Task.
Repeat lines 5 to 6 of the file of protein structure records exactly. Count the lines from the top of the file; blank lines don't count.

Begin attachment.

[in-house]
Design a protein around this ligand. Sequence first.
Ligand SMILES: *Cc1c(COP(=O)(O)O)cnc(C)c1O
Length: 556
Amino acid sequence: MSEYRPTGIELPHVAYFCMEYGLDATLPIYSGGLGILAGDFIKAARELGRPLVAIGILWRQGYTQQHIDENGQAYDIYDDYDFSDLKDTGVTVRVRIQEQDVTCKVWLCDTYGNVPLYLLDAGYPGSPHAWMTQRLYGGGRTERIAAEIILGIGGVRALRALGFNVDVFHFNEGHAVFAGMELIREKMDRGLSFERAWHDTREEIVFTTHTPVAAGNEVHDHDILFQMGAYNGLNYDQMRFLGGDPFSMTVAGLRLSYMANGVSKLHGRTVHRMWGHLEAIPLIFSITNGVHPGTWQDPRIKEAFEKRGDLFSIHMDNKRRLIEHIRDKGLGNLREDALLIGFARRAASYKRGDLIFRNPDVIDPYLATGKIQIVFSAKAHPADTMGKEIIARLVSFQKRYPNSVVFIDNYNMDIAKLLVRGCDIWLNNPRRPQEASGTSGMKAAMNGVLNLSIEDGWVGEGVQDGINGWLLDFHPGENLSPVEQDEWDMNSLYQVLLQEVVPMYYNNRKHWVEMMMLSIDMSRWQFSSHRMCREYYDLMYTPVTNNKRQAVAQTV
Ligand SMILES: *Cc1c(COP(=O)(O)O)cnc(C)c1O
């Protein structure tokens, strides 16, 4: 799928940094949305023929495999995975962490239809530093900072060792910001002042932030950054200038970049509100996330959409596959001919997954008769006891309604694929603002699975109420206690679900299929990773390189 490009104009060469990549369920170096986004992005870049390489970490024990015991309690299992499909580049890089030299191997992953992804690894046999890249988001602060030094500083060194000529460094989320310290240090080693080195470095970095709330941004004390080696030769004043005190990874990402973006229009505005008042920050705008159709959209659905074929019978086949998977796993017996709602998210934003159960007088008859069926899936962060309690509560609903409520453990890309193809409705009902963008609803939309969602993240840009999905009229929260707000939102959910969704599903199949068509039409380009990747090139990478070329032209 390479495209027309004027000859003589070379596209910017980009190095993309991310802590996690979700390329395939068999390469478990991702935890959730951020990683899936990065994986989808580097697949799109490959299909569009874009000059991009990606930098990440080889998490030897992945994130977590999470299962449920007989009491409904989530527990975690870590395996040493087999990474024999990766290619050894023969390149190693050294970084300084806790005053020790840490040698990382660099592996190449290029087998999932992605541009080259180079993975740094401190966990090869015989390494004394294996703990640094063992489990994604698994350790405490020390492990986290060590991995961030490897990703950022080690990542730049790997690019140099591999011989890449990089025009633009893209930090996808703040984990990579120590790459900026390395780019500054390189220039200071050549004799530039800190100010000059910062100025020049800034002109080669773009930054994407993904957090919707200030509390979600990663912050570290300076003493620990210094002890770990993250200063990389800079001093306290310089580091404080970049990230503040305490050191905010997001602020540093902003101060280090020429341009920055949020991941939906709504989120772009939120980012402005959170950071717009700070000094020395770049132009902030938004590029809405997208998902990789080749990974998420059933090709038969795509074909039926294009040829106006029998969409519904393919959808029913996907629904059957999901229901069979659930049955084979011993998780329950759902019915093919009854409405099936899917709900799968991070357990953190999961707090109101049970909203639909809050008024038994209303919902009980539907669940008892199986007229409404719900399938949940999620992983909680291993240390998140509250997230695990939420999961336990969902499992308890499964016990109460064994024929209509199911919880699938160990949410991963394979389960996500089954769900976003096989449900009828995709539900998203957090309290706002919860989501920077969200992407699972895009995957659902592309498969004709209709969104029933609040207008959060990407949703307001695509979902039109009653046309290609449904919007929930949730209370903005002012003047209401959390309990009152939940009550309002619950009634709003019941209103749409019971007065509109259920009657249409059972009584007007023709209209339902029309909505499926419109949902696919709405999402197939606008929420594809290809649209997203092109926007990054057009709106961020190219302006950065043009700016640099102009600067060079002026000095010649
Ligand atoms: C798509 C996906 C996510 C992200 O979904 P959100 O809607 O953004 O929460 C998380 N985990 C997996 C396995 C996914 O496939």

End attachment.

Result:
Amino acid sequence: MSEYRPTGIELPHVAYFCMEYGLDATLPIYSGGLGILAGDFIKAARELGRPLVAIGILWRQGYTQQHIDENGQAYDIYDDYDFSDLKDTGVTVRVRIQEQDVTCKVWLCDTYGNVPLYLLDAGYPGSPHAWMTQRLYGGGRTERIAAEIILGIGGVRALRALGFNVDVFHFNEGHAVFAGMELIREKMDRGLSFERAWHDTREEIVFTTHTPVAAGNEVHDHDILFQMGAYNGLNYDQMRFLGGDPFSMTVAGLRLSYMANGVSKLHGRTVHRMWGHLEAIPLIFSITNGVHPGTWQDPRIKEAFEKRGDLFSIHMDNKRRLIEHIRDKGLGNLREDALLIGFARRAASYKRGDLIFRNPDVIDPYLATGKIQIVFSAKAHPADTMGKEIIARLVSFQKRYPNSVVFIDNYNMDIAKLLVRGCDIWLNNPRRPQEASGTSGMKAAMNGVLNLSIEDGWVGEGVQDGINGWLLDFHPGENLSPVEQDEWDMNSLYQVLLQEVVPMYYNNRKHWVEMMMLSIDMSRWQFSSHRMCREYYDLMYTPVTNNKRQAVAQTV
Ligand SMILES: *Cc1c(COP(=O)(O)O)cnc(C)c1O